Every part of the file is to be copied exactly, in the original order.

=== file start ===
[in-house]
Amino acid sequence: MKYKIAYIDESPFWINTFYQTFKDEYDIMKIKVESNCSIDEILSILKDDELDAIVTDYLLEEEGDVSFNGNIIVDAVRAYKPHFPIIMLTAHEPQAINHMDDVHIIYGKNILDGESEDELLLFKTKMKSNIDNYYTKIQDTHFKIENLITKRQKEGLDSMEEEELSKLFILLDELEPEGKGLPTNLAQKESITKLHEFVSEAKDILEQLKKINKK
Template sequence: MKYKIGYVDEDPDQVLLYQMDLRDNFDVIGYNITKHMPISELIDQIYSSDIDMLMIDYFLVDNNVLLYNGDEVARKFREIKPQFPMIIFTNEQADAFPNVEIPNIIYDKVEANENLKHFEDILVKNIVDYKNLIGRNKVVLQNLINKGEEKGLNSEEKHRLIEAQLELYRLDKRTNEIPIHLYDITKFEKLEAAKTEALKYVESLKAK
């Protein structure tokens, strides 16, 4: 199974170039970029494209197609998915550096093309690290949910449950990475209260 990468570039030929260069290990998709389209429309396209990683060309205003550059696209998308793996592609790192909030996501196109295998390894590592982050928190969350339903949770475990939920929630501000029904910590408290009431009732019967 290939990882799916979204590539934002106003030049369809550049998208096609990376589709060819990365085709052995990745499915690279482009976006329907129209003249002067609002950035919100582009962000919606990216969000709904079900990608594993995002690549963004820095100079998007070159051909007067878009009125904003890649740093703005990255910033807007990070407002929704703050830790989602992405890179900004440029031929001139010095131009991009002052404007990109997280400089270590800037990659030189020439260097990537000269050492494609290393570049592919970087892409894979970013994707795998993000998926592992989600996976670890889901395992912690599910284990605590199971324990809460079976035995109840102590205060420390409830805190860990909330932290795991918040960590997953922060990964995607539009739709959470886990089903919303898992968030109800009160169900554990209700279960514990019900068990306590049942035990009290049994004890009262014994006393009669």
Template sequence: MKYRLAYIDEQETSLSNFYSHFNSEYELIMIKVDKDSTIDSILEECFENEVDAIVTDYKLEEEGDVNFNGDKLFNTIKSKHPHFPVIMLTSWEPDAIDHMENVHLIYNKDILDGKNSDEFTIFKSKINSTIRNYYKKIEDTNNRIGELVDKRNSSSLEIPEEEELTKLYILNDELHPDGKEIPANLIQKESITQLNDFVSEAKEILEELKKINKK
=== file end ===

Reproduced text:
[in-house]
Amino acid sequence: MKYKIAYIDESPFWINTFYQTFKDEYDIMKIKVESNCSIDEILSILKDDELDAIVTDYLLEEEGDVSFNGNIIVDAVRAYKPHFPIIMLTAHEPQAINHMDDVHIIYGKNILDGESEDELLLFKTKMKSNIDNYYTKIQDTHFKIENLITKRQKEGLDSMEEEELSKLFILLDELEPEGKGLPTNLAQKESITKLHEFVSEAKDILEQLKKINKK
Template sequence: MKYKIGYVDEDPDQVLLYQMDLRDNFDVIGYNITKHMPISELIDQIYSSDIDMLMIDYFLVDNNVLLYNGDEVARKFREIKPQFPMIIFTNEQADAFPNVEIPNIIYDKVEANENLKHFEDILVKNIVDYKNLIGRNKVVLQNLINKGEEKGLNSEEKHRLIEAQLELYRLDKRTNEIPIHLYDITKFEKLEAAKTEALKYVESLKAK
């Protein structure tokens, strides 16, 4: 199974170039970029494209197609998915550096093309690290949910449950990475209260 990468570039030929260069290990998709389209429309396209990683060309205003550059696209998308793996592609790192909030996501196109295998390894590592982050928190969350339903949770475990939920929630501000029904910590408290009431009732019967 290939990882799916979204590539934002106003030049369809550049998208096609990376589709060819990365085709052995990745499915690279482009976006329907129209003249002067609002950035919100582009962000919606990216969000709904079900990608594993995002690549963004820095100079998007070159051909007067878009009125904003890649740093703005990255910033807007990070407002929704703050830790989602992405890179900004440029031929001139010095131009991009002052404007990109997280400089270590800037990659030189020439260097990537000269050492494609290393570049592919970087892409894979970013994707795998993000998926592992989600996976670890889901395992912690599910284990605590199971324990809460079976035995109840102590205060420390409830805190860990909330932290795991918040960590997953922060990964995607539009739709959470886990089903919303898992968030109800009160169900554990209700279960514990019900068990306590049942035990009290049994004890009262014994006393009669």
Template sequence: MKYRLAYIDEQETSLSNFYSHFNSEYELIMIKVDKDSTIDSILEECFENEVDAIVTDYKLEEEGDVNFNGDKLFNTIKSKHPHFPVIMLTSWEPDAIDHMENVHLIYNKDILDGKNSDEFTIFKSKINSTIRNYYKKIEDTNNRIGELVDKRNSSSLEIPEEEELTKLYILNDELHPDGKEIPANLIQKESITQLNDFVSEAKEILEELKKINKK